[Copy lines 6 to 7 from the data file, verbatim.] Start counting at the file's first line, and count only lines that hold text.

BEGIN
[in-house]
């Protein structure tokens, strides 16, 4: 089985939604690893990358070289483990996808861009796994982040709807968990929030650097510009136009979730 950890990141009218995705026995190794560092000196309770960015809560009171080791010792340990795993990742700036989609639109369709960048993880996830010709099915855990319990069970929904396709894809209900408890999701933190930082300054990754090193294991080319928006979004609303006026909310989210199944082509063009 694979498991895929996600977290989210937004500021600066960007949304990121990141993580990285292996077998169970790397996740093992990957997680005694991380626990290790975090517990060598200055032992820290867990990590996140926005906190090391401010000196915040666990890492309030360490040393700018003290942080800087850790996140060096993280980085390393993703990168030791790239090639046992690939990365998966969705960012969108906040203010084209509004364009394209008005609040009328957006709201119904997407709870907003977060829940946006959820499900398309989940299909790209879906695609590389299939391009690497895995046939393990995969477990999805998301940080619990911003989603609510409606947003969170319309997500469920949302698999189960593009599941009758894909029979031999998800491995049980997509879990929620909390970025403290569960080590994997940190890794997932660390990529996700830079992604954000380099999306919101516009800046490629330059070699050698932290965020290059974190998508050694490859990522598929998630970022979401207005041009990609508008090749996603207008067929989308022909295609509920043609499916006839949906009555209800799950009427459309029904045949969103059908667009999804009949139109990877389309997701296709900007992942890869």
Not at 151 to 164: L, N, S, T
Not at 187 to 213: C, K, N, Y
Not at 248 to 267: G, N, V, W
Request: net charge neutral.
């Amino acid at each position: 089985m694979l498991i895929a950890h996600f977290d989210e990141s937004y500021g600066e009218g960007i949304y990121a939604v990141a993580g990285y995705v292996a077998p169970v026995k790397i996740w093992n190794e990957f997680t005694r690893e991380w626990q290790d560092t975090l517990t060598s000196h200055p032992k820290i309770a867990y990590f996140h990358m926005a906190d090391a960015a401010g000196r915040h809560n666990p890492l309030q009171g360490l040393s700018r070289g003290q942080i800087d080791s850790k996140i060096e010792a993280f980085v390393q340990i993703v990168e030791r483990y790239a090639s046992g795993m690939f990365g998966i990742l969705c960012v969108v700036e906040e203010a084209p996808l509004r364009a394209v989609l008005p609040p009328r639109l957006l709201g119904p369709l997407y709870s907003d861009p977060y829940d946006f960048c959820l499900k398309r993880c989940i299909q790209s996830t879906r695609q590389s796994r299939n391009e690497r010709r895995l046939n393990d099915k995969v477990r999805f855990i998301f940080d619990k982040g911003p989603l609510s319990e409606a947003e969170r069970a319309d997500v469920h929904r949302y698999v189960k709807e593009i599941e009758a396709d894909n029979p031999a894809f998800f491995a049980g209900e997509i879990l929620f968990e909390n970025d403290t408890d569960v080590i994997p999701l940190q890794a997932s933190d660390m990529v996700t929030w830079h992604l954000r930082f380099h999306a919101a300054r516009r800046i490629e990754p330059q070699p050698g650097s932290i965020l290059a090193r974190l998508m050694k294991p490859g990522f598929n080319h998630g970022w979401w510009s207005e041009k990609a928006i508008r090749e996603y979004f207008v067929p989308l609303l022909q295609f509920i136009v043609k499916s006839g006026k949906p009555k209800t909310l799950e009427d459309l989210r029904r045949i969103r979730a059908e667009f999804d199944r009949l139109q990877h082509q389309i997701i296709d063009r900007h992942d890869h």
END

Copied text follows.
Request: net charge neutral.
């Amino acid at each position: 089985m694979l498991i895929a950890h996600f977290d989210e990141s937004y500021g600066e009218g960007i949304y990121a939604v990141a993580g990285y995705v292996a077998p169970v026995k790397i996740w093992n190794e990957f997680t005694r690893e991380w626990q290790d560092t975090l517990t060598s000196h200055p032992k820290i309770a867990y990590f996140h990358m926005a906190d090391a960015a401010g000196r915040h809560n666990p890492l309030q009171g360490l040393s700018r070289g003290q942080i800087d080791s850790k996140i060096e010792a993280f980085v390393q340990i993703v990168e030791r483990y790239a090639s046992g795993m690939f990365g998966i990742l969705c960012v969108v700036e906040e203010a084209p996808l509004r364009a394209v989609l008005p609040p009328r639109l957006l709201g119904p369709l997407y709870s907003d861009p977060y829940d946006f960048c959820l499900k398309r993880c989940i299909q790209s996830t879906r695609q590389s796994r299939n391009e690497r010709r895995l046939n393990d099915k995969v477990r999805f855990i998301f940080d619990k982040g911003p989603l609510s319990e409606a947003e969170r069970a319309d997500v469920h929904r949302y698999v189960k709807e593009i599941e009758a396709d894909n029979p031999a894809f998800f491995a049980g209900e997509i879990l929620f968990e909390n970025d403290t408890d569960v080590i994997p999701l940190q890794a997932s933190d660390m990529v996700t929030w830079h992604l954000r930082f380099h999306a919101a300054r516009r800046i490629e990754p330059q070699p050698g650097s932290i965020l290059a090193r974190l998508m050694k294991p490859g990522f598929n080319h998630g970022w979401w510009s207005e041009k990609a928006i508008r090749e996603y979004f207008v067929p989308l609303l022909q295609f509920i136009v043609k499916s006839g006026k949906p009555k209800t909310l799950e009427d459309l989210r029904r045949i969103r979730a059908e667009f999804d199944r009949l139109q990877h082509q389309i997701i296709d063009r900007h992942d890869h």